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If an average woman feels guilty about an abortion, due at least in part to numerous negative and pervasive cultural influences -- including those which both idealize motherhood and which demonize abortion -- but largely interpersonal or very immediate messages and influence, how might an "average" woman feel if at least half a nation, in 1973, made her the poster child as the most known "babykiller" of all time, and she was since held historically in that regard? How might any one woman in that huge spotlight be affected, especially someone like McCorvey who was certainly more disenfranchised than most "average" women: a ninth-grade dropout, without skills, a rape and abuse survivor (though she has since recanted that claim) with a history of substance abuse?
I put this out there, because Norma McCorvey's more recent activities over the last decade, her pro-life push to have Roe Vs. Wade overturned, are often brought to my attention as something I should talk about and publicize, as it was a few times this past week.
But the truth of the matter is that I find it incredibly difficult not to feel tremendous sympathy for her -- ironic, really, since no matter her stance, part of the toughie with Roe V. Wade was that so few people were able to find her sympathetic. That appears to still be the case, even when she's playing for the other team.
Norma McCorvey, to me, even in her antiabortion "ministry," is about the most perfect example I can find as to why not only must abortion be legal, but why choice -- ALL choices -- MUST be not merely tolerated, but actively supported. No one else should ever have to BE Jane Roe: no one should have been put through that trial -- in every sense of the word -- in the first place.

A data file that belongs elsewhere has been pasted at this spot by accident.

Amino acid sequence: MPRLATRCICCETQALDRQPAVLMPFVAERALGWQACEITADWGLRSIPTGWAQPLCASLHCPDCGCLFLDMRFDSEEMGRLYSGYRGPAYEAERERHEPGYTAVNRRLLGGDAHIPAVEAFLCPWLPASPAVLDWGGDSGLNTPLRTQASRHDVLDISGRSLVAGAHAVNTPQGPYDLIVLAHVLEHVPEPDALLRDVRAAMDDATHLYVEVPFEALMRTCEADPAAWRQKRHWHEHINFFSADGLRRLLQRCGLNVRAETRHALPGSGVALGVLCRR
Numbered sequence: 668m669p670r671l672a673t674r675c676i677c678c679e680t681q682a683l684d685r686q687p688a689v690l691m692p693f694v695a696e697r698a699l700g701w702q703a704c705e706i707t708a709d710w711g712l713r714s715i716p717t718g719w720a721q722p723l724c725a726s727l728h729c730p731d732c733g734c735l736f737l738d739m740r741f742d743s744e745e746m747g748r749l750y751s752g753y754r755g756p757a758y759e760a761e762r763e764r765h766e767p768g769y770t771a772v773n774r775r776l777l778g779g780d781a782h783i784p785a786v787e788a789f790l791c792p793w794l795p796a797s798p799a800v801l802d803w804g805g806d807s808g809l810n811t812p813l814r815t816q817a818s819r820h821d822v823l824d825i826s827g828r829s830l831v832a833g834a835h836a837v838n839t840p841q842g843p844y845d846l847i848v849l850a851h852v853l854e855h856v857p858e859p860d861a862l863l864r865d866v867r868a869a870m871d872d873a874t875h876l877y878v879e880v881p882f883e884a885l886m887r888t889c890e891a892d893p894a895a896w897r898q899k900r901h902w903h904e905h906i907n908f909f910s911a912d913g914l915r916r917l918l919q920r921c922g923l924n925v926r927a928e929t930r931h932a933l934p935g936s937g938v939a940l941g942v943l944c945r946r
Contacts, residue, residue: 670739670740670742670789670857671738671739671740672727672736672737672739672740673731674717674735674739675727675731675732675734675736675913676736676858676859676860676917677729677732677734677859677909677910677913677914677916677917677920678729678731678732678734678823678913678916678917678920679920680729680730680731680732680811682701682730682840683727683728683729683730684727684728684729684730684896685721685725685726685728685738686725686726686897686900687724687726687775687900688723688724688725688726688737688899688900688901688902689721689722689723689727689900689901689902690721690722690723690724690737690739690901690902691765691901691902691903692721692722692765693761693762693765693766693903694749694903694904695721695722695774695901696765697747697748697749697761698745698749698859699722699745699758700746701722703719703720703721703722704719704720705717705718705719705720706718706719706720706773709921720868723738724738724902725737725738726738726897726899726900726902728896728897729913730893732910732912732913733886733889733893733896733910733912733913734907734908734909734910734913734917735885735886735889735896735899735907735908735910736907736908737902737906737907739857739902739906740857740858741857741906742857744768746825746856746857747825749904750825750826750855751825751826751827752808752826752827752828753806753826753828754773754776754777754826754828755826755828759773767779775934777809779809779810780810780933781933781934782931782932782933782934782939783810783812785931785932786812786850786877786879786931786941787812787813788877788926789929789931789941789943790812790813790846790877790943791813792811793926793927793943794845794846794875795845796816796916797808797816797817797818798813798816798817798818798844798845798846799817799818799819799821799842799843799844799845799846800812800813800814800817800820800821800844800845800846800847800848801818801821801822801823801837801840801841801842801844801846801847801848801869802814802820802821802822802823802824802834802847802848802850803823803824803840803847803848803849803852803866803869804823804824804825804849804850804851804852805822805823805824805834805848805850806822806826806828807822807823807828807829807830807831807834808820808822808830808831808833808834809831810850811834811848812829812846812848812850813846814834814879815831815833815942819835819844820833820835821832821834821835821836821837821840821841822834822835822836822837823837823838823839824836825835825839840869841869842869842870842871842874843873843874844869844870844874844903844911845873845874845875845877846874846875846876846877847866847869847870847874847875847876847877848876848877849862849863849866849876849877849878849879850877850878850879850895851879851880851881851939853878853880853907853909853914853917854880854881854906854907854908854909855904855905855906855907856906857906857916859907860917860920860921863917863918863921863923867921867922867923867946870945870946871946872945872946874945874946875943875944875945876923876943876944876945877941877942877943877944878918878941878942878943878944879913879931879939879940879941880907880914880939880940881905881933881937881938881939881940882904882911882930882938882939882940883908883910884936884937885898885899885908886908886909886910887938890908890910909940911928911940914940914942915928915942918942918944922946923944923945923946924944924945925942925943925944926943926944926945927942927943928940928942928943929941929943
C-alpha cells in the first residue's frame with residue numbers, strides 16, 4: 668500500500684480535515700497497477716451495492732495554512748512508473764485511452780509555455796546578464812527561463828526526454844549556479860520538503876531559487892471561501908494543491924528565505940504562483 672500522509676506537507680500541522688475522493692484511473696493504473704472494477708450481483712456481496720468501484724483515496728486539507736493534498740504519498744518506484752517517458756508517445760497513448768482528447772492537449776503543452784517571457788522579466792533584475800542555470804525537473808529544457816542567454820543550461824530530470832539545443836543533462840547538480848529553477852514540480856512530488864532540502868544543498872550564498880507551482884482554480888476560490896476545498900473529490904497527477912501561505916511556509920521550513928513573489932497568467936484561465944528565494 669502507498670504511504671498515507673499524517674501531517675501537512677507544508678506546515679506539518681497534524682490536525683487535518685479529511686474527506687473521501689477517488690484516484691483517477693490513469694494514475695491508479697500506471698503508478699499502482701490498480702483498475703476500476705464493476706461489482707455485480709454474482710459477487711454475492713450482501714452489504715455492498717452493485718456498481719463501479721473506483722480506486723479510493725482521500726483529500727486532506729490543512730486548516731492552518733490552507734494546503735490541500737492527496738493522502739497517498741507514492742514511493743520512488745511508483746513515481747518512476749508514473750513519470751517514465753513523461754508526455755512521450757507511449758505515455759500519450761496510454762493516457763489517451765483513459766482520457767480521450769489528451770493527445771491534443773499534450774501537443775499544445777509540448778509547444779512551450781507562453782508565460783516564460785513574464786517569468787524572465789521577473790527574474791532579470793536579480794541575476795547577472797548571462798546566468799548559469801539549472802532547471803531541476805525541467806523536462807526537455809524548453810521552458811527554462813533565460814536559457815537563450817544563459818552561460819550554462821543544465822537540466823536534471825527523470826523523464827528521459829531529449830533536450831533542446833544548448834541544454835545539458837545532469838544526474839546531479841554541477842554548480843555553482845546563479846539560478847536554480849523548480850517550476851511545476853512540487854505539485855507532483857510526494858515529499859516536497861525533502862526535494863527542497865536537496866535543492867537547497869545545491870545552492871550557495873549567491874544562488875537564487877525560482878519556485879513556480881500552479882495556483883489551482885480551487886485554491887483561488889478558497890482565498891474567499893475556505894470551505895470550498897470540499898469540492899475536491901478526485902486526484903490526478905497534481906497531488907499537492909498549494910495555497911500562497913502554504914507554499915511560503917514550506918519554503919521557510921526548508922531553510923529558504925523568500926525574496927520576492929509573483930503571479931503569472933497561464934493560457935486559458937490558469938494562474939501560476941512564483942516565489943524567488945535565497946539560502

So, I'm saddened that McCorvey switched teams, as it were, some time ago. I'm even saddened that she still gets written off so easily now, despite the fact that I vehemently disagree with her and deeply angered with what she is doing and how she is attempting to do it. But I'm not surprised, just like I'm not surprised that she appears to remain, as she was back when, clearly someone who is massively conflicted and deeply wounded; someone who cannot find that there is a middle ground to all of this, and come to terms with the fact that it is never as simple as being proabortion or antiabortion, that choice ultimately isn't about abortion at all, but about women's agency and our sovereign right to decide what to do with our own bodies and reproductive systems, with our own lives and whatever life we may or may not choose to bring forth.
Ms. McCorvey herself got that right (though too late: for the unaware, McCorvey never did have nor has had an abortion, she gave the child she was pregnant with during the case up for adoption). No matter how she may feel about her choices or goals in retrospect, she has since had a freedom to make them, and has that freedom still so long as choice IS legal, that she has no right to seek to take that from all other U.S. women.